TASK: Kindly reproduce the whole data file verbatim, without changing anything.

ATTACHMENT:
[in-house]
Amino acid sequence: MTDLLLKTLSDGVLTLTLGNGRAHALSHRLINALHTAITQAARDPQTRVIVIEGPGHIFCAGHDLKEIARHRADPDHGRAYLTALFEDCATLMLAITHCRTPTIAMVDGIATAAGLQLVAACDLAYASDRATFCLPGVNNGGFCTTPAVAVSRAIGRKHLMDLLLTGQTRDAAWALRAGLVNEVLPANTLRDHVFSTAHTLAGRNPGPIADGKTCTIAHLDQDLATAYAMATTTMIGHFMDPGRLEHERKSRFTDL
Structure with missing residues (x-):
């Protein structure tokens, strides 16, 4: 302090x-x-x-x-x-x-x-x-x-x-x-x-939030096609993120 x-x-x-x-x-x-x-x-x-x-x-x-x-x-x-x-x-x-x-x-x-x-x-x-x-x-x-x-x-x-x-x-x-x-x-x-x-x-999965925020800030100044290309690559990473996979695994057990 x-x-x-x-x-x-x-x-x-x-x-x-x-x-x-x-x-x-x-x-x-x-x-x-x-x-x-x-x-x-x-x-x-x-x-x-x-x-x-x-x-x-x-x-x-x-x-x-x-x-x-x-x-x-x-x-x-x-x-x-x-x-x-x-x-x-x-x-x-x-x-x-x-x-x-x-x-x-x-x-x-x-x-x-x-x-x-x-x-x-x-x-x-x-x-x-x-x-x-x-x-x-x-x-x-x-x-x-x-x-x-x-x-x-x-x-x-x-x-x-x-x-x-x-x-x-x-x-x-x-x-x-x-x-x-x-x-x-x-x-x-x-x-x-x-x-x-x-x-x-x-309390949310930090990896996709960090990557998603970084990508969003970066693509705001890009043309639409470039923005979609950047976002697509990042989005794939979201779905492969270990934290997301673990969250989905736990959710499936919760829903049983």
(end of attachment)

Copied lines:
[in-house]
Amino acid sequence: MTDLLLKTLSDGVLTLTLGNGRAHALSHRLINALHTAITQAARDPQTRVIVIEGPGHIFCAGHDLKEIARHRADPDHGRAYLTALFEDCATLMLAITHCRTPTIAMVDGIATAAGLQLVAACDLAYASDRATFCLPGVNNGGFCTTPAVAVSRAIGRKHLMDLLLTGQTRDAAWALRAGLVNEVLPANTLRDHVFSTAHTLAGRNPGPIADGKTCTIAHLDQDLATAYAMATTTMIGHFMDPGRLEHERKSRFTDL
Structure with missing residues (x-):
């Protein structure tokens, strides 16, 4: 302090x-x-x-x-x-x-x-x-x-x-x-x-939030096609993120 x-x-x-x-x-x-x-x-x-x-x-x-x-x-x-x-x-x-x-x-x-x-x-x-x-x-x-x-x-x-x-x-x-x-x-x-x-x-999965925020800030100044290309690559990473996979695994057990 x-x-x-x-x-x-x-x-x-x-x-x-x-x-x-x-x-x-x-x-x-x-x-x-x-x-x-x-x-x-x-x-x-x-x-x-x-x-x-x-x-x-x-x-x-x-x-x-x-x-x-x-x-x-x-x-x-x-x-x-x-x-x-x-x-x-x-x-x-x-x-x-x-x-x-x-x-x-x-x-x-x-x-x-x-x-x-x-x-x-x-x-x-x-x-x-x-x-x-x-x-x-x-x-x-x-x-x-x-x-x-x-x-x-x-x-x-x-x-x-x-x-x-x-x-x-x-x-x-x-x-x-x-x-x-x-x-x-x-x-x-x-x-x-x-x-x-x-x-x-x-309390949310930090990896996709960090990557998603970084990508969003970066693509705001890009043309639409470039923005979609950047976002697509990042989005794939979201779905492969270990934290997301673990969250989905736990959710499936919760829903049983």